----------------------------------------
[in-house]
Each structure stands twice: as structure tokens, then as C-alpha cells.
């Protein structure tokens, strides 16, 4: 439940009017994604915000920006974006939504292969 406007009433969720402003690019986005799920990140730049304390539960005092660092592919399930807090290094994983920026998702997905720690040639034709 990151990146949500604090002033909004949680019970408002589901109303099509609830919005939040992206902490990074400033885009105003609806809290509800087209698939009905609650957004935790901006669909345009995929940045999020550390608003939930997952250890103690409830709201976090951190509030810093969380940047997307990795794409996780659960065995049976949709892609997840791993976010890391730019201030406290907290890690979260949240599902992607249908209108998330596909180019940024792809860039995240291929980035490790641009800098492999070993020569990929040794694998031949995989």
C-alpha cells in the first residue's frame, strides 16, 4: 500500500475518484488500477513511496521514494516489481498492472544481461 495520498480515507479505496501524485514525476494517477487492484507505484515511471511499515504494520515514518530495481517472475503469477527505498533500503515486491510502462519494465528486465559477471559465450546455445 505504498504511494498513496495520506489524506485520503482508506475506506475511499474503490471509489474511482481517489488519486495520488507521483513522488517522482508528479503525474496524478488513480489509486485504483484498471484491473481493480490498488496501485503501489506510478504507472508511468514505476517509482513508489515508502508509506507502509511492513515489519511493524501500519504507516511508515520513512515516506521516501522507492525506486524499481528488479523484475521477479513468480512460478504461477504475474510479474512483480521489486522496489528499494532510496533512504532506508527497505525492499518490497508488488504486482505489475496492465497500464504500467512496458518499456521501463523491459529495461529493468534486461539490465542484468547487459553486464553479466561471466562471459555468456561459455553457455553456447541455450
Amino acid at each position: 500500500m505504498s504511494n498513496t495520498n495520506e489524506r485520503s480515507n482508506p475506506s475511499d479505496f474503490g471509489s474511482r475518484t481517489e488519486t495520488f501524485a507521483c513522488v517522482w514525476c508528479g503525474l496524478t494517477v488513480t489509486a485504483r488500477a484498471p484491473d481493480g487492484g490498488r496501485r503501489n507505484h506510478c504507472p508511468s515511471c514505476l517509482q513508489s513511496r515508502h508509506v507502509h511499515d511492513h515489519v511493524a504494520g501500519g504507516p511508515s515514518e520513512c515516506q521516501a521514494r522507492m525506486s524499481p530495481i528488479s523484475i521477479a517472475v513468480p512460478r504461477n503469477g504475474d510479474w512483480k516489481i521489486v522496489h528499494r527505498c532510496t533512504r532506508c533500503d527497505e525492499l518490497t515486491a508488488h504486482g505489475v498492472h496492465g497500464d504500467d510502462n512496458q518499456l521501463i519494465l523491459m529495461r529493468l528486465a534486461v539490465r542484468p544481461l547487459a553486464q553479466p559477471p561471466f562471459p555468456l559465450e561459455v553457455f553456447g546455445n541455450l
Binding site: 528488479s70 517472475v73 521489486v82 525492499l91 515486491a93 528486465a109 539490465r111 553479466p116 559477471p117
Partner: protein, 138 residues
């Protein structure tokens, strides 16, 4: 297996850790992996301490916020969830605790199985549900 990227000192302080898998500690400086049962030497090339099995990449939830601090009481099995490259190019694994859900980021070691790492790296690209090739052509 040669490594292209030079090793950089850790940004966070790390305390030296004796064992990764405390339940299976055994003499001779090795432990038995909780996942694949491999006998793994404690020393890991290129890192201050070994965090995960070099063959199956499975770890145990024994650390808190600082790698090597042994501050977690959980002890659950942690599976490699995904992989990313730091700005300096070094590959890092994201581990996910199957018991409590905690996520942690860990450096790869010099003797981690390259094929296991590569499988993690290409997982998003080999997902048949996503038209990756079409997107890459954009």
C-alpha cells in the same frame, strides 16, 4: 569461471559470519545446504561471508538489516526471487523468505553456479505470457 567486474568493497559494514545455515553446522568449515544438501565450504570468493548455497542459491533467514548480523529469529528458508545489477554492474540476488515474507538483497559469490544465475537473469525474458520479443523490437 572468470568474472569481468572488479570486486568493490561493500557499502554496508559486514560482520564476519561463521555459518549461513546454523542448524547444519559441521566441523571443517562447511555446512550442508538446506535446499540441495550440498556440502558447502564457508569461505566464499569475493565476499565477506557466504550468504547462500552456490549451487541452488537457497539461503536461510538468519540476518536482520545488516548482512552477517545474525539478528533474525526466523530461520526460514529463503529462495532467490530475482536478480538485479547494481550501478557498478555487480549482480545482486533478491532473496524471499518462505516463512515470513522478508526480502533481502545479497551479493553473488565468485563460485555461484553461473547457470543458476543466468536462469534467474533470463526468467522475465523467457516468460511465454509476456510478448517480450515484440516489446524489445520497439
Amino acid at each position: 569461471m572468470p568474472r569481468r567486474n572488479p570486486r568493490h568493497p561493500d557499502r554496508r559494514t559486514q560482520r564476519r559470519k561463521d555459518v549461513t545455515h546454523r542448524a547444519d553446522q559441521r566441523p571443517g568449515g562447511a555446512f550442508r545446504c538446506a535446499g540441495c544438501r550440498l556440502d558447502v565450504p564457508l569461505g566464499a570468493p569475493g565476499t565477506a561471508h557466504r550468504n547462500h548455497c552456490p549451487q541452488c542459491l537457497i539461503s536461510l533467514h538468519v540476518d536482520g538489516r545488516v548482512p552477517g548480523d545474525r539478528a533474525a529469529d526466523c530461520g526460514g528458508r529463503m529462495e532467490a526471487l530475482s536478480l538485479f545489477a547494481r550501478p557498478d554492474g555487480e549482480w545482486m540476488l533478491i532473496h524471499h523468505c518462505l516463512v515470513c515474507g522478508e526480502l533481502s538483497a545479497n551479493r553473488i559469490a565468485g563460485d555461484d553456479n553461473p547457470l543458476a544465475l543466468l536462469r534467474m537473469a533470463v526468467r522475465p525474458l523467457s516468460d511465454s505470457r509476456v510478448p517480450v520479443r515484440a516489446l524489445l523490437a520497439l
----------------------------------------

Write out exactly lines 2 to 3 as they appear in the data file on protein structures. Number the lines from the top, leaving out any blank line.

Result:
Each structure stands twice: as structure tokens, then as C-alpha cells.
């Protein structure tokens, strides 16, 4: 439940009017994604915000920006974006939504292969 406007009433969720402003690019986005799920990140730049304390539960005092660092592919399930807090290094994983920026998702997905720690040639034709 990151990146949500604090002033909004949680019970408002589901109303099509609830919005939040992206902490990074400033885009105003609806809290509800087209698939009905609650957004935790901006669909345009995929940045999020550390608003939930997952250890103690409830709201976090951190509030810093969380940047997307990795794409996780659960065995049976949709892609997840791993976010890391730019201030406290907290890690979260949240599902992607249908209108998330596909180019940024792809860039995240291929980035490790641009800098492999070993020569990929040794694998031949995989």